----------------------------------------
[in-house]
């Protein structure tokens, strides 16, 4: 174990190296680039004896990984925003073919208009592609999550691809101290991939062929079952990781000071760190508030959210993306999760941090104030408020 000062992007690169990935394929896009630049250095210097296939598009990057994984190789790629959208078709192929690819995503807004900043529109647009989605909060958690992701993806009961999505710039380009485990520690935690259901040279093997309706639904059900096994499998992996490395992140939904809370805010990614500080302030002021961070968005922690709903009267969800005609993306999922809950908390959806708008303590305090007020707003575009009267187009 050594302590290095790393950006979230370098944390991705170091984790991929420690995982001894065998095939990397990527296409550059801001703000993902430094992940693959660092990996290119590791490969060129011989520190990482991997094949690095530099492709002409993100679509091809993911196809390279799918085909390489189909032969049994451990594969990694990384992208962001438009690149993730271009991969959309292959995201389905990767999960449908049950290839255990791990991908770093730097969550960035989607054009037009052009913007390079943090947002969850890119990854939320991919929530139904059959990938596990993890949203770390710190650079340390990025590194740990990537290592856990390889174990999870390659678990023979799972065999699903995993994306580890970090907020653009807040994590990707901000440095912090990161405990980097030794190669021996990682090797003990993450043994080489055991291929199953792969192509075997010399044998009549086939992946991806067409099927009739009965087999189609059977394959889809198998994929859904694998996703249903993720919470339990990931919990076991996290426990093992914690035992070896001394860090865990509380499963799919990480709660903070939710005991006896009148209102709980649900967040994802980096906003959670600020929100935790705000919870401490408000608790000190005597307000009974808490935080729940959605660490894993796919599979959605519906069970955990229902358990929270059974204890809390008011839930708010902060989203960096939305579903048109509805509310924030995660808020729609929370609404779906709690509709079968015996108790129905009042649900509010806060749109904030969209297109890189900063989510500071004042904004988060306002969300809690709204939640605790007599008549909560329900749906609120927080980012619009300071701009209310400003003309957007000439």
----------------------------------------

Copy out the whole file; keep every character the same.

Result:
[in-house]
């Protein structure tokens, strides 16, 4: 174990190296680039004896990984925003073919208009592609999550691809101290991939062929079952990781000071760190508030959210993306999760941090104030408020 000062992007690169990935394929896009630049250095210097296939598009990057994984190789790629959208078709192929690819995503807004900043529109647009989605909060958690992701993806009961999505710039380009485990520690935690259901040279093997309706639904059900096994499998992996490395992140939904809370805010990614500080302030002021961070968005922690709903009267969800005609993306999922809950908390959806708008303590305090007020707003575009009267187009 050594302590290095790393950006979230370098944390991705170091984790991929420690995982001894065998095939990397990527296409550059801001703000993902430094992940693959660092990996290119590791490969060129011989520190990482991997094949690095530099492709002409993100679509091809993911196809390279799918085909390489189909032969049994451990594969990694990384992208962001438009690149993730271009991969959309292959995201389905990767999960449908049950290839255990791990991908770093730097969550960035989607054009037009052009913007390079943090947002969850890119990854939320991919929530139904059959990938596990993890949203770390710190650079340390990025590194740990990537290592856990390889174990999870390659678990023979799972065999699903995993994306580890970090907020653009807040994590990707901000440095912090990161405990980097030794190669021996990682090797003990993450043994080489055991291929199953792969192509075997010399044998009549086939992946991806067409099927009739009965087999189609059977394959889809198998994929859904694998996703249903993720919470339990990931919990076991996290426990093992914690035992070896001394860090865990509380499963799919990480709660903070939710005991006896009148209102709980649900967040994802980096906003959670600020929100935790705000919870401490408000608790000190005597307000009974808490935080729940959605660490894993796919599979959605519906069970955990229902358990929270059974204890809390008011839930708010902060989203960096939305579903048109509805509310924030995660808020729609929370609404779906709690509709079968015996108790129905009042649900509010806060749109904030969209297109890189900063989510500071004042904004988060306002969300809690709204939640605790007599008549909560329900749906609120927080980012619009300071701009209310400003003309957007000439």